A woman working from home

Wellness action plans

Starting a Conversation About Mental Health

As a manager, an important part of our role is to promote and safeguard the health and wellbeing of our employees.

Some employees can find it difficult to talk about their health in the workplace.

A Wellness Action Plan (WAP) is a tool that can be used to help initiate a conversation between an employee and manager about strategies to promote optimal wellbeing in the workplace.

What is a wellness action plan?

A WAP can be used to support mental health and wellbeing at work. A WAP is a proactive tool that helps promote wellbeing and engagement with health-benefiting behaviours. WAPs are for everyone, regardless of current experience of illness symptoms. The WAP is adapted from the Wellness Recover Action Plan® (WRAP®) created by Mary Ellen Copeland, which is an evidence-based tool used across the world for those managing their mental health.

The WAP is personalised practical tool for everyone to use. The WAP encourages employees to consider and identify what keeps them well at work, the potential causes of poor health and highlighting ways to address any health issues whilst at work. A WAP allows for conversation around wellbeing with employees, supervisors and managers. WAPs allow for employee needs and experiences to be understood, such as working and communication style, stress triggers and responses; enabling better support for wellbeing which results in improved job satisfaction, increased productivity and better performance.

The WAP is a brilliant tool for assessing employees with an ‘untraditional’ working environment, such as location independent workers, shift workers or factory-based members of staff, as WAPs can identify how their manager can best support the employee to overcome barriers that may be evident. WAPs can also be used during the return to work process if the employee has been off due to ill-health. The WAP provides structure for conversations linked to reasonable adjustments and support that might be needed.

A WAP is not a legal document, but an agreement between an employee and their manager. The WAP is written and owned by the employee. It is the manager’s role to discuss the plan with the employee and provide support, which includes guidance on any reasonable adjustments needed. This should be a collaborative process, led by the employee.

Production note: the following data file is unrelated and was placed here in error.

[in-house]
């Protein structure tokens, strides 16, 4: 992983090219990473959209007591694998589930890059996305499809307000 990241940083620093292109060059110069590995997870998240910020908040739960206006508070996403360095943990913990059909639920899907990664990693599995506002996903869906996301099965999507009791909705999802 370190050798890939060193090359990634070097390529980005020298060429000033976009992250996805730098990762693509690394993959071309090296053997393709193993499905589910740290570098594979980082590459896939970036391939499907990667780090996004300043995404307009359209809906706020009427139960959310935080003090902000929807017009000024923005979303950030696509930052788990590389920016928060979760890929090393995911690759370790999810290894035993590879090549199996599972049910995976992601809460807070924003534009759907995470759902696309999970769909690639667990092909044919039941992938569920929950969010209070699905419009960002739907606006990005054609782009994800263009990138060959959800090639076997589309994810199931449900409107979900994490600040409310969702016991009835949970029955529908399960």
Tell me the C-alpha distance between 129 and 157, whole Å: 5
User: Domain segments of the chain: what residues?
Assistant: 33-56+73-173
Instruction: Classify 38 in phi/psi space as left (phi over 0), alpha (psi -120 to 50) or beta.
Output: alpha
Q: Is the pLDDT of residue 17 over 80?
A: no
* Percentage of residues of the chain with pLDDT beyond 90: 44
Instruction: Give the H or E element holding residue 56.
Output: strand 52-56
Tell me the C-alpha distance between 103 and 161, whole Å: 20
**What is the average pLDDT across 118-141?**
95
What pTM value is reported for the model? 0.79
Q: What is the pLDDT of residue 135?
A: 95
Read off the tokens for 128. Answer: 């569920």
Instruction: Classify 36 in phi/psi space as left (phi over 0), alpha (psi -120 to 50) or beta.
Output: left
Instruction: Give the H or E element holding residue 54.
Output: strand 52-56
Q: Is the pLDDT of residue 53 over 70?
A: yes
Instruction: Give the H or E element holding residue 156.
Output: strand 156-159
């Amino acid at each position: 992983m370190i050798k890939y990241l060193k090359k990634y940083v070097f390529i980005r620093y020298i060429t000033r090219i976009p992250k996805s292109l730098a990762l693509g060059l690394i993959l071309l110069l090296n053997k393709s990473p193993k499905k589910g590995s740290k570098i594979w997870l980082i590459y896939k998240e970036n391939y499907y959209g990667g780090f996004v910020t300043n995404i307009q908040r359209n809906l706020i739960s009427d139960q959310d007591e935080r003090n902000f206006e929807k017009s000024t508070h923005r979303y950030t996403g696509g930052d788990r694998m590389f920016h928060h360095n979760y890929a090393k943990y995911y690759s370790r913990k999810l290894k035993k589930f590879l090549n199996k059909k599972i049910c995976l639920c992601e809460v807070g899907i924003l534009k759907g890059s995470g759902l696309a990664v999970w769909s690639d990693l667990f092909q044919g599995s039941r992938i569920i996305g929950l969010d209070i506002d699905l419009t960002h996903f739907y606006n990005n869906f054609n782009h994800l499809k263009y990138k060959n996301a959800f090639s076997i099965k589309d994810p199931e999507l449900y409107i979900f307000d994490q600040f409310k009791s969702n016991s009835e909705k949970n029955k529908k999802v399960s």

The WAP should be confidential; however, a discussion will be needed around how it will be used and an agreement on who the WAP will be viewed by. A regular review of the WAP allows for any changes or new approaches needed. If the employee takes ownership of this and is proactive, it may help an employee feel more in control of their health at work.

What is included in a WAP?

  • Approaches the employee can adopt to optimise their health and wellbeing.
  • Early warning signs of poor health to be aware of.
  • Any workplace triggers for poor health or stress.
  • Potential impact of poor health on performance, if any.
  • What support the employee may need from their manager if issues arise.
  • Actions and positive steps the employee and manager will both take if the employee is experiencing stress or poor health.
  • An agreed time to review the WAP and any support measures which are in place.
  • Anything else that they feel would be useful in supporting the employee’s wellbeing.

How to start using a WAP in your workplace

  • Share information about the WAP; why is being used, what are the benefits?
  • Communicate the benefits of the WAP.
  • Give an example of a completed WAP, may be your own?
  • Encourage the employee to ‘have a go’ at completing a WAP.
  • Schedule time to discuss the WAP.
  • Discuss confidentiality; who will have access to the WAP, when, why.
  • Finalise and agree on the WAP.
  • Review the WAP in the upcoming months, as appropriate.

Top tips

  • Take a look at the free samples on the Proactive Health Gateway and MIND website for examples of Wellness Action Plans.
  • Try it out for yourself and share this tool with your employees to start a conversation about health and wellbeing in the workplace.
  • Review the WAPs in informal or formal meets throughout the year to keep wellbeing part of day-to-day workplace life.

The Wellness Action Plan can be used to promote and safeguard the health and wellbeing of employees by identifying ownership and responsibility and highlighting the support that employees need from us as managers. Give it a go and see the benefits for yourself.


MHFA England: MHFA Line Managers’ Resource


MIND: Wellness Action Plans